In my quest to understand as many dimensions of the Indian public health system as possible, I accompanied my colleague to a government health center to help set up a new neonatal care unit (NCU) and observe/assess delivery and newborn care practices. Six months ago, the state government passed a health policy mandating that 100 CHCs (out of 270 in Rajasthan) establish a separate room designated specifically for neonatal care. This center was one of the lucky – or so I thought – hospitals chosen to receive 1.25 lakh ($125,000 USD) to purchase necessary
equipment and drugs.
Originally, I was confused by our mission to “set-up” the unit, since I assumed that that would fall under the purview of the hospital staff. Nope. My colleague explained that three radiant warmers (to regulate temperature) and one phototherapy device (to treat jaundice) had been sitting unused in a storage room for the past six months, and that without support from my NGO and him being physically present to oversee the process, nothing would happen. So, we wheeled a line of four pink and white machines from the storage room to the NCU.
My colleague couldn’t hide his elation; he smiled ear to ear and repeatedly thanked the obstetrician for his support and cooperation, after which the doctor graciously and rightfully acknowledged my colleague’s pivotal role in the process. This was among the first cohort of any health centers to utilize the government funding to establish an
NCU. I was incredulous that there wasn’t greater effort to utilize available funding, even if for corrupt reasons. When I asked the doctor about this, he explained that most hospitals don’t know that this money even exists, and if it wasn’t for my colleague, than they too would have remained unaware.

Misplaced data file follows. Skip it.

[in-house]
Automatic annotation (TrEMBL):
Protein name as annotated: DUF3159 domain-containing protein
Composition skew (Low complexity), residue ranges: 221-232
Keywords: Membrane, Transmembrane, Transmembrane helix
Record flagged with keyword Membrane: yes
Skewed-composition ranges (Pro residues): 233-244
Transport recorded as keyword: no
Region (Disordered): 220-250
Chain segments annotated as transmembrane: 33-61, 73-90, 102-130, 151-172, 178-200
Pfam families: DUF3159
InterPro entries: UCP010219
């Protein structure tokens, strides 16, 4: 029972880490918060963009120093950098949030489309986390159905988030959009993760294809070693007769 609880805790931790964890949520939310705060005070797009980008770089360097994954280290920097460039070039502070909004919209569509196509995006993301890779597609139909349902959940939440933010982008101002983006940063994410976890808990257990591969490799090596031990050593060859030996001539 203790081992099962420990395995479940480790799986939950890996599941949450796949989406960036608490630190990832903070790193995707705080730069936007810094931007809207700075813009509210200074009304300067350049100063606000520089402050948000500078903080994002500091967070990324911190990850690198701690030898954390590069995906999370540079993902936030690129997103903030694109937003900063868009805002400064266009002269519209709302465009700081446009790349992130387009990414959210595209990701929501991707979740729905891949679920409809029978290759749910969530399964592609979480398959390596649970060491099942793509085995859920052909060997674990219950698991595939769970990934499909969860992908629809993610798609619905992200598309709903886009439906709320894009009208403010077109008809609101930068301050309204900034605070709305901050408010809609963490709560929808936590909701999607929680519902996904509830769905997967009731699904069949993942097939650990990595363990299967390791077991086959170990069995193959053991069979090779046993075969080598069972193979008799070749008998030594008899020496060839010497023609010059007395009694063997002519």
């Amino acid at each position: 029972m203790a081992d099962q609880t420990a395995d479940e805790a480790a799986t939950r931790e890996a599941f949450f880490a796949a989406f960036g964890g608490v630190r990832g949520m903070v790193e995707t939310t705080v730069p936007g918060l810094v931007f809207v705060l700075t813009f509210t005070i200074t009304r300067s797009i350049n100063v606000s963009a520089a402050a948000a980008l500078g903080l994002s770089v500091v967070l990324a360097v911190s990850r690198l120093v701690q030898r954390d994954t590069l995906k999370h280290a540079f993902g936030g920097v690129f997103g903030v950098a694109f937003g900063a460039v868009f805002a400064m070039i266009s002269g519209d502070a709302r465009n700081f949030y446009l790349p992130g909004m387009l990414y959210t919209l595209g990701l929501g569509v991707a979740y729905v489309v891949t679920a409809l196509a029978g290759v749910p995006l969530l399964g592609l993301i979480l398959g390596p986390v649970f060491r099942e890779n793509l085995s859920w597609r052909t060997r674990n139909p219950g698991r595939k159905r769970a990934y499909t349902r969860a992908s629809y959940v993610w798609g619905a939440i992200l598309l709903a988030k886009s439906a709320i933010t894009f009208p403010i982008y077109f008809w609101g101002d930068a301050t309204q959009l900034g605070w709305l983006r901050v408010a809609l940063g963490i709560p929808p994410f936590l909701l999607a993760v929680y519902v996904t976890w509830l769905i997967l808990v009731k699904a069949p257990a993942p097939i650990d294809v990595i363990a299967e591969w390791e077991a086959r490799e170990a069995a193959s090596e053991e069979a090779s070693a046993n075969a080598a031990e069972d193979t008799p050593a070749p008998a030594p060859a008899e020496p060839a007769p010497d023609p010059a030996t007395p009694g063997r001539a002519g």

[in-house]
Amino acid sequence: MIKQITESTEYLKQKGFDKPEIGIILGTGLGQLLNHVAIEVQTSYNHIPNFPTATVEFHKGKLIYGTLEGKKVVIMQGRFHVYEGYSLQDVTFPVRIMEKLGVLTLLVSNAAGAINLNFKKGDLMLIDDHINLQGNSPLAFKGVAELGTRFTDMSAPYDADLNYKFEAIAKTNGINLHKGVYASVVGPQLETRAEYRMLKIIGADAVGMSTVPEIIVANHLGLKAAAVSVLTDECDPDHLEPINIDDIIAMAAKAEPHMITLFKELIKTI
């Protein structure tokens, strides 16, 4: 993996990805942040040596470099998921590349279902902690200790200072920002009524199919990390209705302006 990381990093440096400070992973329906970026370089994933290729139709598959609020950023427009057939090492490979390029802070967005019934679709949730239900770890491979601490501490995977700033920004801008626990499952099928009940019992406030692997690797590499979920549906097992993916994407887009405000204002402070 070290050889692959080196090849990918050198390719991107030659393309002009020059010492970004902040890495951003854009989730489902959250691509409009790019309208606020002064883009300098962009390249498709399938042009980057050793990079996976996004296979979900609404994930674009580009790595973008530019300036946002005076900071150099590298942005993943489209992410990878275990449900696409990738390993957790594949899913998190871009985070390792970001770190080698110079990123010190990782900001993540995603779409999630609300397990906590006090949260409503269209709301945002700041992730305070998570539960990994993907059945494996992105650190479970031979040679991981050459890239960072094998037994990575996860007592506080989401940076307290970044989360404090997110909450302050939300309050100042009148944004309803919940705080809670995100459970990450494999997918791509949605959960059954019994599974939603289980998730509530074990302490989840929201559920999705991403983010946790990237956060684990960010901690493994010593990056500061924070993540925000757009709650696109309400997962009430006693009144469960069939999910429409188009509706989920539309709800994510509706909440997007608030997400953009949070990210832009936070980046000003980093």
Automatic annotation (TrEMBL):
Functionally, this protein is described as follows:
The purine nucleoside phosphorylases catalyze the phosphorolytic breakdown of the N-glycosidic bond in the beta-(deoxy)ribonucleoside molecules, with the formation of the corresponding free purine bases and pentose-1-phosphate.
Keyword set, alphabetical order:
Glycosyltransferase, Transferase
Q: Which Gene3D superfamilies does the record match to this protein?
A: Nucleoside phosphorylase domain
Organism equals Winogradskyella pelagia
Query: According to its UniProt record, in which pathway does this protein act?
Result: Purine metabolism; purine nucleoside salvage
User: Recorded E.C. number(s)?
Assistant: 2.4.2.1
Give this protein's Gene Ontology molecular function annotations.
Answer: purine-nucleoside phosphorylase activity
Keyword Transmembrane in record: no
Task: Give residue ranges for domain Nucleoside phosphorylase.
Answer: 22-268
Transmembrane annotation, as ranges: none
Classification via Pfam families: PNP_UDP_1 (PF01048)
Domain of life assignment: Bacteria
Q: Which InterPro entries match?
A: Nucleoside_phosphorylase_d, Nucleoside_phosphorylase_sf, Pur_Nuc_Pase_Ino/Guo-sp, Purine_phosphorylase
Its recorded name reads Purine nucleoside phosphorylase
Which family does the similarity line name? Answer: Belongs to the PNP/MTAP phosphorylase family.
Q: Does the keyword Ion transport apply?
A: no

My colleague’s dedication to ensuring that health centers within the public system are availing eligible funds and following through with establishing NCUs is simultaneously inspirational and demoralizing. The level of hand-holding for setting up a fundamental aspect of a hospital is shocking. When I reflect on this scenario, I cannot believe that this doctor is being congratulated for improving services for newborns. Isn’t that his *!@% job?!
The doctor’s parting words, albeit facetious, captured the attitude of some officials within government health system who continue to perpetuate the millions of preventable deaths and injuries each year: “I hope you know that this new unit is going to increase my workload.” I have always interpreted the Hippocratic Oath, “Do not harm,” as a pledge not to knowingly conduct incorrect or nefarious behavior. However, I now understand to a wholly new degree that inaction is a form of action, and, as such, the destructiveness of apathy.
From another angle, this comment also reveals an aversion to taking on the risk of dealing with sick newborns. This mindset prevails among some government medical professionals, which, as the director of the women’s health-focused NGO I’m working for says, “prevails and kills the desire to bring about change.” The very essence of a doctor’s role is to take responsibility for and manage high-risk, life-altering situations — hopefully with the intention of securing, maintaining, and increasing patient wellbeing. If doctors are unwilling to do that, than they are violating the fundamental human right that they have pledged to promote: “the highest attainable standard of health (WHO),” which, in my opinion, is akin to criminal behavior.